Epimmune Inc.'s merger with Anosys Inc. appears to be coming to fruition by way of a stock transaction initially valued at $13.5 million.

Though officials at both companies declined to discuss the deal after entering a quiet period related to a pending financing, the merger talks go back several months. Three months ago Epimmune publicly disclosed the idea of combining its epitope technology with Anosys' exosome delivery technology to create therapeutics that activate antigen-specific immune responses - in particular, cancer vaccines. (See BioWorld Today, Feb. 14, 2003.)

But the companies' relationship runs much longer, as Epimmune granted to Anosys a nonexclusive license to certain cancer antigens for use in its cancer therapy program. The September 2001 deal covered patented and nonpatented rights to Epimmune's universal breast, colon, lung and prostate epitope packages for use in ex vivo cancer therapy.

On Monday the companies said they entered a definitive agreement to combine their immunotherapeutic pipelines to further develop their cancer and infectious disease products. Based on the initial $13.5 million value ascribed to the transaction and Friday's $1.60 closing price of Epimmune's shares, it would issue about 8.44 million common shares in exchange for all of Anosys' common and preferred stock. The final value of the shares to be issued will cap at $16 million based on their 10-day average closing price prior to closing.

Among other conditions, the transaction remains subject to a plan for financing the combined entity. When first discussing the merger possibility in February, San Diego-based Epimmune said it would seek outside financing to add funding to the combined operation. The nature of the financing vehicle was not disclosed.

After the merger closes but before the related financing concludes, Epimmune's existing shareholders would control 65 percent of the combined company and Anosys' shareholders would own no more than 35 percent. Epimmune, which reported about 11.7 million shares outstanding as of March 31, would remain the company's name. Following the merger it would have between 80 and 85 employees. At the time of the initial talks, Anosys reported about 40 employees, though there was no definitive figure provided for Epimmune's employees.

The research and development team will feature three clinical-stage programs, including Anosys' therapeutic cancer vaccine program that arose from its original license with Epimmune. It has received FDA clearance to begin Phase II trials of the acellular anticancer dexosomes cancer vaccine in lung cancer and melanoma patients.

The center of Epimmune's cancer vaccine program is EP-2101, a multi-epitope vaccine that in January received the agency's nod for Phase I/II trials in lung and colorectal cancer patients. The company continues Phase I/II trials of therapeutic vaccines for HIV as well.

Established in 1997, Epimmune also is expanding its pipeline through a collaboration with Palo Alto, Calif.-based Genencor International Inc., focused on hepatitis B, hepatitis C and human papillomavirus. As of Sept. 30, Genencor owned 11.1 percent of Epimmune's common stock.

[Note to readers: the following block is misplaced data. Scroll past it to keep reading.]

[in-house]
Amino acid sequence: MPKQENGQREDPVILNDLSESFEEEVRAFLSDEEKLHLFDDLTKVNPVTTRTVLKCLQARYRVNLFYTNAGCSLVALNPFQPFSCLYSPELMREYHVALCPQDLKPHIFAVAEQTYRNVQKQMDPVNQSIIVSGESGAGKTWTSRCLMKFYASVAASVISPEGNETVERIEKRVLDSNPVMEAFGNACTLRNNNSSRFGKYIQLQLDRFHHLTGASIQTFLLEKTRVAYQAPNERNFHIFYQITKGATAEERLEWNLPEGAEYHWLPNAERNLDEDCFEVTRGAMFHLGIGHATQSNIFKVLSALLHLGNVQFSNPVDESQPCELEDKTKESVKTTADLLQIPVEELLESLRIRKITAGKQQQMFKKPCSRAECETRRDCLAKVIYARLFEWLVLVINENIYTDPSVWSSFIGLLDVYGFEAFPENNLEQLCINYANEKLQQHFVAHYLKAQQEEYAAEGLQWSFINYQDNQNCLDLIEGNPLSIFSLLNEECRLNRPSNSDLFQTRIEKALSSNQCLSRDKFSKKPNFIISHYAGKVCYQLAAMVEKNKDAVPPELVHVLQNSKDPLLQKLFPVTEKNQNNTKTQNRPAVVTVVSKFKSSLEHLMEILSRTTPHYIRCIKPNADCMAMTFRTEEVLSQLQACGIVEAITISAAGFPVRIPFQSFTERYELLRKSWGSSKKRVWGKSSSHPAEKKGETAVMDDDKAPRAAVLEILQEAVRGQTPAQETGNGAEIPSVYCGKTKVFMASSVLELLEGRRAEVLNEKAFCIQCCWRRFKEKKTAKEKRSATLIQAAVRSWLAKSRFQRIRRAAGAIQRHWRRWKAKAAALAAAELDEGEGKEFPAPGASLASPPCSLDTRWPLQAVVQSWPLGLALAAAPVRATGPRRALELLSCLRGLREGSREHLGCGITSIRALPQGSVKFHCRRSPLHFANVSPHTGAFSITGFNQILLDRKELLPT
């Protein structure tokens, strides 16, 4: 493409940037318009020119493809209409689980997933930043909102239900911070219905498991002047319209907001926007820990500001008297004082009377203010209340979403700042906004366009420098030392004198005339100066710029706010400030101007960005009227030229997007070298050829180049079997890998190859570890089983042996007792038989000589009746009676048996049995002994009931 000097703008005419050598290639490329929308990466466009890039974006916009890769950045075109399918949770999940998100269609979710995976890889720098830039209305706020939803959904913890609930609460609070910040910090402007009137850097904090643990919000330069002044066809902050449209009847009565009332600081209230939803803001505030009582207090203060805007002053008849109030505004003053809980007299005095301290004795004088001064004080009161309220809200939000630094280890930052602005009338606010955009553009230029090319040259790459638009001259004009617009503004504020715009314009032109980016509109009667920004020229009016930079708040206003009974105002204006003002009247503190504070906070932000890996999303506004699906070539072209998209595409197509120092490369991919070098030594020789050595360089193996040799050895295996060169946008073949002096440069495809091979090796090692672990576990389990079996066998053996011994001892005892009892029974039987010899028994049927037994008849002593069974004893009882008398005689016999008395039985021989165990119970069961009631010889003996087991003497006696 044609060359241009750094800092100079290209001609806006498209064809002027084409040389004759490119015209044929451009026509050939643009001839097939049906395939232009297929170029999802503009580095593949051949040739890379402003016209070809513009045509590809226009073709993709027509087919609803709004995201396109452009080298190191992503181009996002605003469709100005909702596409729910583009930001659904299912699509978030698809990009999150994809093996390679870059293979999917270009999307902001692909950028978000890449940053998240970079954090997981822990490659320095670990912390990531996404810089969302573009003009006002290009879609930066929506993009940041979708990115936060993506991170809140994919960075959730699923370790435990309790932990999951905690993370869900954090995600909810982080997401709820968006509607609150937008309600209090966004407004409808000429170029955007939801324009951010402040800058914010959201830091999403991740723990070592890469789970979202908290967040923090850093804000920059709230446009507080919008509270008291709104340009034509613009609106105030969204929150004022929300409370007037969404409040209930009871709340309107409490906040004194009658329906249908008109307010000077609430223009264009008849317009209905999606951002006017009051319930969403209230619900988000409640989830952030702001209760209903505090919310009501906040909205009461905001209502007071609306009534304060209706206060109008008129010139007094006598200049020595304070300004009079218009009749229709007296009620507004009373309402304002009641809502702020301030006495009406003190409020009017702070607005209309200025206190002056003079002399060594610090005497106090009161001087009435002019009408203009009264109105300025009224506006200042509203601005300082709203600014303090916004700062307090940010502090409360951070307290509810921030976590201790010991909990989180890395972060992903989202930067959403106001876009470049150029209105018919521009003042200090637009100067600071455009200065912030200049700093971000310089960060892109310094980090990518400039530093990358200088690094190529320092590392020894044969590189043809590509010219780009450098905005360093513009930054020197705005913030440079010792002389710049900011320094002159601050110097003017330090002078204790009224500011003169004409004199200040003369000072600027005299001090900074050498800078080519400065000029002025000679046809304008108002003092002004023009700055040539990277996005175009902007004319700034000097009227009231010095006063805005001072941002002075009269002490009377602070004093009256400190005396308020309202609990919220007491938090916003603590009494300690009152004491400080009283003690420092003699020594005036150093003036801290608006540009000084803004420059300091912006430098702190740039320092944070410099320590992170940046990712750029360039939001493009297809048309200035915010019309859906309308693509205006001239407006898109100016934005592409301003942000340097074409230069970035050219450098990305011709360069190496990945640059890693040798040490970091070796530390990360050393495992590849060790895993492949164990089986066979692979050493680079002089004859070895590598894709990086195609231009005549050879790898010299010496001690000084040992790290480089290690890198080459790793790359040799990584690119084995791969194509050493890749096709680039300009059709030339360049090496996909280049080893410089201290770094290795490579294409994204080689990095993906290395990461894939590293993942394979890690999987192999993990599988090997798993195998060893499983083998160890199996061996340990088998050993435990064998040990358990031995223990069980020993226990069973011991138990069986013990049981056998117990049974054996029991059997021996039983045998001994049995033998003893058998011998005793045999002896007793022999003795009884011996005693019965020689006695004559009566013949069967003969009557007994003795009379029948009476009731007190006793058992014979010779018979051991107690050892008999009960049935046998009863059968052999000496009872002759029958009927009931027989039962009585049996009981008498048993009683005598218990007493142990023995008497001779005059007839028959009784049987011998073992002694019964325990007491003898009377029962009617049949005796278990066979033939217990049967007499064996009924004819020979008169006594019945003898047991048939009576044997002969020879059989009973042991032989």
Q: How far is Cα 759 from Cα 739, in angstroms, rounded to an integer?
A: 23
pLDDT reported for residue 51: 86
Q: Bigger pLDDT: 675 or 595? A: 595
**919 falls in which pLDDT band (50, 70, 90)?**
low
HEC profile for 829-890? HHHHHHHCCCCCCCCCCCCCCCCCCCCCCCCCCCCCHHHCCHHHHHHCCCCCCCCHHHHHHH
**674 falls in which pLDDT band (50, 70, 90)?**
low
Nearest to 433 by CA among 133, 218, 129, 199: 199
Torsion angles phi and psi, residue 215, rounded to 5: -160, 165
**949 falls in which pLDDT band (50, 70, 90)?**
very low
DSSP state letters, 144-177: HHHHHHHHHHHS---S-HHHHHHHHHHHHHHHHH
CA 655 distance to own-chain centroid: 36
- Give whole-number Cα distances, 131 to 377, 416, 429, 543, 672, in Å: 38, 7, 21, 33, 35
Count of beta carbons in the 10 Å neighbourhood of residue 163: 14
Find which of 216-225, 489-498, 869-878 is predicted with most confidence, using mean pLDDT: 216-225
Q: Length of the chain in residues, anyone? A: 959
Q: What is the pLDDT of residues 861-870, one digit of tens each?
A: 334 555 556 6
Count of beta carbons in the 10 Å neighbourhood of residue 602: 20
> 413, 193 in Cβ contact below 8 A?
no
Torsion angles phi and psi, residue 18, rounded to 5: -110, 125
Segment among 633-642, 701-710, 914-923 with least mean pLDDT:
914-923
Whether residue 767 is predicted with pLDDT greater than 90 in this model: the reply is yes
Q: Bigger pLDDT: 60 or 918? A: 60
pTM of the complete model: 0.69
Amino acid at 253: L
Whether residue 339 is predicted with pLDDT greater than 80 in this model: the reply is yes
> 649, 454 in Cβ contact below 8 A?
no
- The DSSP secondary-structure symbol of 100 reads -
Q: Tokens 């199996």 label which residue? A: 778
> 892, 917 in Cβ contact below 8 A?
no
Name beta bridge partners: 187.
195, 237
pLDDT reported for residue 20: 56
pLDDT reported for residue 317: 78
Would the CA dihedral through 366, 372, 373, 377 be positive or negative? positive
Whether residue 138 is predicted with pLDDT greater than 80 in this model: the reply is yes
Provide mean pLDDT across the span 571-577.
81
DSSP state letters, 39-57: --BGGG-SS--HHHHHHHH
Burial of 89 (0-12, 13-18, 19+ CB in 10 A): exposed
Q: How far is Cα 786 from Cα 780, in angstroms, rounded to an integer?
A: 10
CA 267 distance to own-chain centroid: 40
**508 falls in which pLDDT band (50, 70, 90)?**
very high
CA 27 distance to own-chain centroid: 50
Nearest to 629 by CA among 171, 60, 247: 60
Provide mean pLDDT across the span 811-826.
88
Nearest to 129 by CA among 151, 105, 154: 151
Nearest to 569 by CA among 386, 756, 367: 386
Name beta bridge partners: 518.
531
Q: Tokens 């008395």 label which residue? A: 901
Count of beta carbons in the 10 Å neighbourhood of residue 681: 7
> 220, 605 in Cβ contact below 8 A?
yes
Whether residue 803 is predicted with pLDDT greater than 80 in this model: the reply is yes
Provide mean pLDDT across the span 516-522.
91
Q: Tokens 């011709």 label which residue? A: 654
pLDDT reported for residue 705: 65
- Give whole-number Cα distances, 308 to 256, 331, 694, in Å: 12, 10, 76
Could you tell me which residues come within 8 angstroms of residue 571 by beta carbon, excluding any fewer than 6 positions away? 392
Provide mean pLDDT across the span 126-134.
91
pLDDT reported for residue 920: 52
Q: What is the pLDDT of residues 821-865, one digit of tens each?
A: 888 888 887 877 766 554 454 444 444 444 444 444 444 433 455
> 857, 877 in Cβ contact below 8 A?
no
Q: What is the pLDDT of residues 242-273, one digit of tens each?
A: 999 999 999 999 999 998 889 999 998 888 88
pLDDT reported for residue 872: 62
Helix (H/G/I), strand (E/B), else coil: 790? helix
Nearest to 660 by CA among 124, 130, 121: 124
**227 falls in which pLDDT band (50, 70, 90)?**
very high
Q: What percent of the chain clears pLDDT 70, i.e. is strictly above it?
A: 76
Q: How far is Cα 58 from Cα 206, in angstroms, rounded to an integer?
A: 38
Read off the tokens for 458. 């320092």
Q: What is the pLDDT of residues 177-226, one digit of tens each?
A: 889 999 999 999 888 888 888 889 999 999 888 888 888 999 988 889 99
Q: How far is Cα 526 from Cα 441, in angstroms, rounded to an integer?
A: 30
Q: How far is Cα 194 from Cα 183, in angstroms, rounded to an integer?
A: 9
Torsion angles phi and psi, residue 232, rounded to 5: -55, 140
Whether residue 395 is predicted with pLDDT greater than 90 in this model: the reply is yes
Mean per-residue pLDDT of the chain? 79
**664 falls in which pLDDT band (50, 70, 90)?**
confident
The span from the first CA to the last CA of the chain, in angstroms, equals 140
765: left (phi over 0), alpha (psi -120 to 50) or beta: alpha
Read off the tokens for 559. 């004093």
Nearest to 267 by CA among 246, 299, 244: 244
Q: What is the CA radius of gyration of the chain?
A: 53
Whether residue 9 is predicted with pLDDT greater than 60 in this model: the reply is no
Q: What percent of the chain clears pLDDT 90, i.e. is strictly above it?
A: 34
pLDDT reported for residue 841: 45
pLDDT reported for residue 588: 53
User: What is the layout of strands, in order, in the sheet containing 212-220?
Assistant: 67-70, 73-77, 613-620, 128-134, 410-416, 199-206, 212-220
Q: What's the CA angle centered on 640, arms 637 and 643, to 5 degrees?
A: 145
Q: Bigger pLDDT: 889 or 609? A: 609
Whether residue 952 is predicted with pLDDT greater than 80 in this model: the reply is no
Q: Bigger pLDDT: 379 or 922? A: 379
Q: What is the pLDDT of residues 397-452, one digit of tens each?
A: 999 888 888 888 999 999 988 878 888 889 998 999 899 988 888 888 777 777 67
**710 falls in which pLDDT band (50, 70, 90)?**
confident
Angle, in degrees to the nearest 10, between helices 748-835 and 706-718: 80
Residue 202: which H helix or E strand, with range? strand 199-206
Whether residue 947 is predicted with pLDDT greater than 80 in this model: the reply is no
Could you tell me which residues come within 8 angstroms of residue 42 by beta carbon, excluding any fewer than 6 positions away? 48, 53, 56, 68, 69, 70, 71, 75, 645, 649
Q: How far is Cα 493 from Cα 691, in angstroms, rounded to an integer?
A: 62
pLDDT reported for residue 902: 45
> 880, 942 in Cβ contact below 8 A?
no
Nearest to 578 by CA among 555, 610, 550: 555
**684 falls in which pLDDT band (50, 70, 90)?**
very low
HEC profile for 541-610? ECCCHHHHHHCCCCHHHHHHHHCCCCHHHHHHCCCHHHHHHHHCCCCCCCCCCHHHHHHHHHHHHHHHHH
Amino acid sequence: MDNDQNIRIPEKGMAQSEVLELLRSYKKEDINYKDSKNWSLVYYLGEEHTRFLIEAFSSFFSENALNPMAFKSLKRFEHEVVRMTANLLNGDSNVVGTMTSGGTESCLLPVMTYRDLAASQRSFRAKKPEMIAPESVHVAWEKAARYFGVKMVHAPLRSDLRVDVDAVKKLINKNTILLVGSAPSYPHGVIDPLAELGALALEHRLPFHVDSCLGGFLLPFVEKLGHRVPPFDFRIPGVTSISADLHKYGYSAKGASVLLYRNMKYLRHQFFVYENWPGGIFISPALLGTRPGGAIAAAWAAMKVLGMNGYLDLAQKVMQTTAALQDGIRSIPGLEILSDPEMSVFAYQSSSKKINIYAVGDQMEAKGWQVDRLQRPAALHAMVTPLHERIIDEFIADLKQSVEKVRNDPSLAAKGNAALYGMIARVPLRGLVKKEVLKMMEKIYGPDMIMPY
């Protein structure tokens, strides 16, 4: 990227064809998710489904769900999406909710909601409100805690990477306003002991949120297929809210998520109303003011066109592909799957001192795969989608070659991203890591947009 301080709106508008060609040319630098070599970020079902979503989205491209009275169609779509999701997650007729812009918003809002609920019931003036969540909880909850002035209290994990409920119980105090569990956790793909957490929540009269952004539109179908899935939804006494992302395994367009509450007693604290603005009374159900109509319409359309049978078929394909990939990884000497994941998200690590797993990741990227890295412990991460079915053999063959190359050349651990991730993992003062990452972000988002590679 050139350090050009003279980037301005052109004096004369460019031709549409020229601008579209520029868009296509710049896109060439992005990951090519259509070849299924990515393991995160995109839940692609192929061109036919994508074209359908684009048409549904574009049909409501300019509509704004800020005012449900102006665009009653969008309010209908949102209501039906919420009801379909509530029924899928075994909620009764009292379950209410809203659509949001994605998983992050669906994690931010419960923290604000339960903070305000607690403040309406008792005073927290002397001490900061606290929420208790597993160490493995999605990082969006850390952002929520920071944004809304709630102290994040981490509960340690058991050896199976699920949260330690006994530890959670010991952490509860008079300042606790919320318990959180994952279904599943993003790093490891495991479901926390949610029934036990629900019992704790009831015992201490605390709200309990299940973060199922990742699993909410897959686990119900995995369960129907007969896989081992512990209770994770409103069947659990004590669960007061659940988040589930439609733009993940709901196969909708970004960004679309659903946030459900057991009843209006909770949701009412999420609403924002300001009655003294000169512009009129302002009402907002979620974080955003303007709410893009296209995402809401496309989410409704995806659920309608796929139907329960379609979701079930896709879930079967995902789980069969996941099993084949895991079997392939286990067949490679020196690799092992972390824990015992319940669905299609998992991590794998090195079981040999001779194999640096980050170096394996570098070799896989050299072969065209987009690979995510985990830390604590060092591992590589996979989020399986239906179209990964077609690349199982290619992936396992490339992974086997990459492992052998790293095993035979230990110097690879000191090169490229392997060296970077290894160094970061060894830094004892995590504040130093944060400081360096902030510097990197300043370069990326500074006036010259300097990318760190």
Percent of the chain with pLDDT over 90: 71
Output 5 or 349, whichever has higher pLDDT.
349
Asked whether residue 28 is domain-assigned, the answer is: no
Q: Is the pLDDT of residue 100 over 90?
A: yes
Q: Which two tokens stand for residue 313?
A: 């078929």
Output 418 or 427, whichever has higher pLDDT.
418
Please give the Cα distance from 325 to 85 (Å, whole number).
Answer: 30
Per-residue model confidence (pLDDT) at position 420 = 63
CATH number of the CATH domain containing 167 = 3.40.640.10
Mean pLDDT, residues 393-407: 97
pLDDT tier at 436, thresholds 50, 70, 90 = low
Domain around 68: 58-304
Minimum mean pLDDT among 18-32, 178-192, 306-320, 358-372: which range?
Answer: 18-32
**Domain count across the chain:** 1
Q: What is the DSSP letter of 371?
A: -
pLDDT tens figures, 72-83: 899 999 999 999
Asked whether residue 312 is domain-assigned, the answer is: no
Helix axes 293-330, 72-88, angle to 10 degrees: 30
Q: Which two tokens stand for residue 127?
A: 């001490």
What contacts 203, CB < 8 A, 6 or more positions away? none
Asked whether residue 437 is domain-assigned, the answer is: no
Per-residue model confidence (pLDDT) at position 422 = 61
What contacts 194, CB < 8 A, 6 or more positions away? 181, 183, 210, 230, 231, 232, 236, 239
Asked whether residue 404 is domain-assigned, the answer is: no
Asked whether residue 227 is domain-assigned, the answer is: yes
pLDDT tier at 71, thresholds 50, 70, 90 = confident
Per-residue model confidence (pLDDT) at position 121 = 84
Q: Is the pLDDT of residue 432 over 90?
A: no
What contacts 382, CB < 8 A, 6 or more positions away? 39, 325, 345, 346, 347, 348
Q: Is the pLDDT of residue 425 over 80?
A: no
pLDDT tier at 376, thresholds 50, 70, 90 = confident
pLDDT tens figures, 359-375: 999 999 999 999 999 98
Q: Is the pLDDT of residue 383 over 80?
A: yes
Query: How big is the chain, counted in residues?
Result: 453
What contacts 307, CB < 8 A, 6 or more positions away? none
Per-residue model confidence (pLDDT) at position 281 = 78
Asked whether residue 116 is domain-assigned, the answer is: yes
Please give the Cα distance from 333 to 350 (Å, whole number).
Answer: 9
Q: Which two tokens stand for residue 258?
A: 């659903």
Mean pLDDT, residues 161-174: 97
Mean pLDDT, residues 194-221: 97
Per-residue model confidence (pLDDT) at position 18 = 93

Just more than a week ago, Epimmune found a new partner in Merck & Co. Inc., which will work to determine activity within Epimmune's modified epitopes as part of its vaccine development program. Whitehouse Station, N.J.-based Merck provided an undisclosed license fee and also gained an option to enter licensing discussions to develop Epimmune's epitopes for certain unspecified diseases. (See BioWorld Today, May 2, 2003.)

In July, Epimmune entered a relationship with Aventis Pasteur. An affiliate of Aventis SA, one of Anosys' three major shareholders, Aventis Pasteur licensed certain epitopes from two cancer-associated antigens for possible use in its pox virus therapeutic program.

At the end of the first quarter, Epimmune reported revenues of about $1.4 million paired with a net loss of about $1.8 million. The company said it had cash and cash equivalents of about $7.5 million through March 31.

Following the transaction, Epimmune CEO Emile Loria would retain his position while Jean-Bernard Le Pecq, the CEO and chief scientific officer at Anosys, would assume the CSO role at the combined entity. The firm's headquarters would remain in San Diego, with Anosys' Menlo Park, Calif.-based headquarters to be held as a manufacturing facility along with an existing site in Evry, France - home to that country's national biotechnology science and business park.

Founded by two French researchers previously with Aventis, Anosys has raised $35 million in total funds since its 1997 inception. Outside of Lyon, France-based Aventis, Anosys' principal shareholders include Tokyo-based Kirin Brewery Co. Ltd. and Copenhagen, Denmark-based BankInvest Biomedical Venture.

Both Epimmune's and Anosys' boards have approved the deal, though shareholder approval remains necessary. Epimmune's stock (NASDAQ:EPMN) fell 21 cents Monday, or 13.1 percent, to close at $1.39.